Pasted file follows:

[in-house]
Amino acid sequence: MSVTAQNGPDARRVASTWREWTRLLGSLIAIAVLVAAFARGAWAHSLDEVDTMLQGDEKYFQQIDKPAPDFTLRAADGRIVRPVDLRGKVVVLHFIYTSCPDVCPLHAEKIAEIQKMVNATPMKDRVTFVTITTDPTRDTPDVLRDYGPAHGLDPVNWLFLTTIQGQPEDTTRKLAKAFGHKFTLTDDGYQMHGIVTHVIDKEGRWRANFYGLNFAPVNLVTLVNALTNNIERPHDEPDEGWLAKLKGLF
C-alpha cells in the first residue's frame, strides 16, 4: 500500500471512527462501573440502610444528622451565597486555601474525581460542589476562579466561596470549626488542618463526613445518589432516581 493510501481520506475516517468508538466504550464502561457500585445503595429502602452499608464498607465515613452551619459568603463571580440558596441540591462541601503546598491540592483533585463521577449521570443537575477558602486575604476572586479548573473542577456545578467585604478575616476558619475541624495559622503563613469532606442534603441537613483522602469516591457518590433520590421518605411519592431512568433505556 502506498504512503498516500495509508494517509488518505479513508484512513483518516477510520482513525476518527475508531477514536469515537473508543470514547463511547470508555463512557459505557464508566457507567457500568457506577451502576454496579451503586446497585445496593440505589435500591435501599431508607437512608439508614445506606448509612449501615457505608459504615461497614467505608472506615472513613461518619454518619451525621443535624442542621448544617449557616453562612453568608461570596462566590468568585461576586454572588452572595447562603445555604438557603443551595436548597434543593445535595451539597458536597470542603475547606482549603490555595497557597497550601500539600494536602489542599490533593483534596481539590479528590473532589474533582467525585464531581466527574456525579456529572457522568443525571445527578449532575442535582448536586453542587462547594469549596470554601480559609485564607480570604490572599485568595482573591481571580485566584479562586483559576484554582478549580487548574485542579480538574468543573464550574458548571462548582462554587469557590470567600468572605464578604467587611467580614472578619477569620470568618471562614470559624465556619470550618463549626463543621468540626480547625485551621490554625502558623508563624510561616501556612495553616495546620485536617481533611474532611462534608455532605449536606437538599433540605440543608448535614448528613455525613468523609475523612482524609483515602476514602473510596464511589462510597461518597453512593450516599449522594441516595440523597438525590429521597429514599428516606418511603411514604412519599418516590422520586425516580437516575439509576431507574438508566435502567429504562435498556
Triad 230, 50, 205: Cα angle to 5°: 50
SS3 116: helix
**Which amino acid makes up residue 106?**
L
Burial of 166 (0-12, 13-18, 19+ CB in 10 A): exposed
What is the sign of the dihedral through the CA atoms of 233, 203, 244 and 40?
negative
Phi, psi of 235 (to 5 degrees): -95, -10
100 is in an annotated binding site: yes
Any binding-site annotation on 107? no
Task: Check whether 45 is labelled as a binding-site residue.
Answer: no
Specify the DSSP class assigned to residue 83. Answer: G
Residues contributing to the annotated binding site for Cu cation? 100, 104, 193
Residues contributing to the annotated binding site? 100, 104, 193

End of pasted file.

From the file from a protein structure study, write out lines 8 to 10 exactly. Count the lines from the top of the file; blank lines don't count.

Burial of 166 (0-12, 13-18, 19+ CB in 10 A): exposed
What is the sign of the dihedral through the CA atoms of 233, 203, 244 and 40?
negative